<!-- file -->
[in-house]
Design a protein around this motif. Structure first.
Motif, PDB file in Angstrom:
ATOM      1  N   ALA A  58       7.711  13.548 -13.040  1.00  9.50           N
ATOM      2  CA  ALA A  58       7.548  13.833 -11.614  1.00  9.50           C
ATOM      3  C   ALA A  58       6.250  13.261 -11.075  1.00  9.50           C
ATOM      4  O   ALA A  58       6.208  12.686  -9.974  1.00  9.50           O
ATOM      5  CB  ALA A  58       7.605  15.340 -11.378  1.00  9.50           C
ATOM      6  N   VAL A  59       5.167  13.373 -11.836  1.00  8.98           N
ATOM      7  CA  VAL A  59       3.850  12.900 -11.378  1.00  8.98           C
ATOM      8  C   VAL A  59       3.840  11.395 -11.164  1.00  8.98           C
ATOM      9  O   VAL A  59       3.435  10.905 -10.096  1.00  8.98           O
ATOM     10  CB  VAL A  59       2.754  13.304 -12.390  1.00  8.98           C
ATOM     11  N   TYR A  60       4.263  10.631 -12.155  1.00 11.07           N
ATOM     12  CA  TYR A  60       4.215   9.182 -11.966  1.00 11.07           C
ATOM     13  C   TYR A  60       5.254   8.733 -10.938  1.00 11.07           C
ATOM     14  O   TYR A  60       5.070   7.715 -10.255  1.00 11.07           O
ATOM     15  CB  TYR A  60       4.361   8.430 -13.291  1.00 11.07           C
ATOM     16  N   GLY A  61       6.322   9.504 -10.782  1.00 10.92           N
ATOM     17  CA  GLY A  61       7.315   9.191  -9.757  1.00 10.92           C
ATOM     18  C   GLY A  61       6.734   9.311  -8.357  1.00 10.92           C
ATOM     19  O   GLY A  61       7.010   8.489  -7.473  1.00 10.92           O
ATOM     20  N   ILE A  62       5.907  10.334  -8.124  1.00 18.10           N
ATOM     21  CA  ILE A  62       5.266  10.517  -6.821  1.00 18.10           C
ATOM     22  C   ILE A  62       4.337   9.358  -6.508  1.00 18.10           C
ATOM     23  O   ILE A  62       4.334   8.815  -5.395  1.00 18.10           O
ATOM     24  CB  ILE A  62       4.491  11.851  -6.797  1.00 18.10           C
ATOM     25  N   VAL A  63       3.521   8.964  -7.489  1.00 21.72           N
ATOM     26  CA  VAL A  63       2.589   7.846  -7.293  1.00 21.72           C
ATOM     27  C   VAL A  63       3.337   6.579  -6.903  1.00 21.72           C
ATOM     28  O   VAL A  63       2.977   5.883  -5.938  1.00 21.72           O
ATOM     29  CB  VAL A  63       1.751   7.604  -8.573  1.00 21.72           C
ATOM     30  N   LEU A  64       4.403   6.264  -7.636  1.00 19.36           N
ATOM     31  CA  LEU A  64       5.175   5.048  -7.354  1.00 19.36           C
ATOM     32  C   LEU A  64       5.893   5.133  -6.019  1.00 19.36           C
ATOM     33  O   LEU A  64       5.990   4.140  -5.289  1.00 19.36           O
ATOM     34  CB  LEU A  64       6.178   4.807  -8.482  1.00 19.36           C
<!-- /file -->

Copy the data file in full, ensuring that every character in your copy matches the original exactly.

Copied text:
[in-house]
Design a protein around this motif. Structure first.
Motif, PDB file in Angstrom:
ATOM      1  N   ALA A  58       7.711  13.548 -13.040  1.00  9.50           N
ATOM      2  CA  ALA A  58       7.548  13.833 -11.614  1.00  9.50           C
ATOM      3  C   ALA A  58       6.250  13.261 -11.075  1.00  9.50           C
ATOM      4  O   ALA A  58       6.208  12.686  -9.974  1.00  9.50           O
ATOM      5  CB  ALA A  58       7.605  15.340 -11.378  1.00  9.50           C
ATOM      6  N   VAL A  59       5.167  13.373 -11.836  1.00  8.98           N
ATOM      7  CA  VAL A  59       3.850  12.900 -11.378  1.00  8.98           C
ATOM      8  C   VAL A  59       3.840  11.395 -11.164  1.00  8.98           C
ATOM      9  O   VAL A  59       3.435  10.905 -10.096  1.00  8.98           O
ATOM     10  CB  VAL A  59       2.754  13.304 -12.390  1.00  8.98           C
ATOM     11  N   TYR A  60       4.263  10.631 -12.155  1.00 11.07           N
ATOM     12  CA  TYR A  60       4.215   9.182 -11.966  1.00 11.07           C
ATOM     13  C   TYR A  60       5.254   8.733 -10.938  1.00 11.07           C
ATOM     14  O   TYR A  60       5.070   7.715 -10.255  1.00 11.07           O
ATOM     15  CB  TYR A  60       4.361   8.430 -13.291  1.00 11.07           C
ATOM     16  N   GLY A  61       6.322   9.504 -10.782  1.00 10.92           N
ATOM     17  CA  GLY A  61       7.315   9.191  -9.757  1.00 10.92           C
ATOM     18  C   GLY A  61       6.734   9.311  -8.357  1.00 10.92           C
ATOM     19  O   GLY A  61       7.010   8.489  -7.473  1.00 10.92           O
ATOM     20  N   ILE A  62       5.907  10.334  -8.124  1.00 18.10           N
ATOM     21  CA  ILE A  62       5.266  10.517  -6.821  1.00 18.10           C
ATOM     22  C   ILE A  62       4.337   9.358  -6.508  1.00 18.10           C
ATOM     23  O   ILE A  62       4.334   8.815  -5.395  1.00 18.10           O
ATOM     24  CB  ILE A  62       4.491  11.851  -6.797  1.00 18.10           C
ATOM     25  N   VAL A  63       3.521   8.964  -7.489  1.00 21.72           N
ATOM     26  CA  VAL A  63       2.589   7.846  -7.293  1.00 21.72           C
ATOM     27  C   VAL A  63       3.337   6.579  -6.903  1.00 21.72           C
ATOM     28  O   VAL A  63       2.977   5.883  -5.938  1.00 21.72           O
ATOM     29  CB  VAL A  63       1.751   7.604  -8.573  1.00 21.72           C
ATOM     30  N   LEU A  64       4.403   6.264  -7.636  1.00 19.36           N
ATOM     31  CA  LEU A  64       5.175   5.048  -7.354  1.00 19.36           C
ATOM     32  C   LEU A  64       5.893   5.133  -6.019  1.00 19.36           C
ATOM     33  O   LEU A  64       5.990   4.140  -5.289  1.00 19.36           O
ATOM     34  CB  LEU A  64       6.178   4.807  -8.482  1.00 19.36           C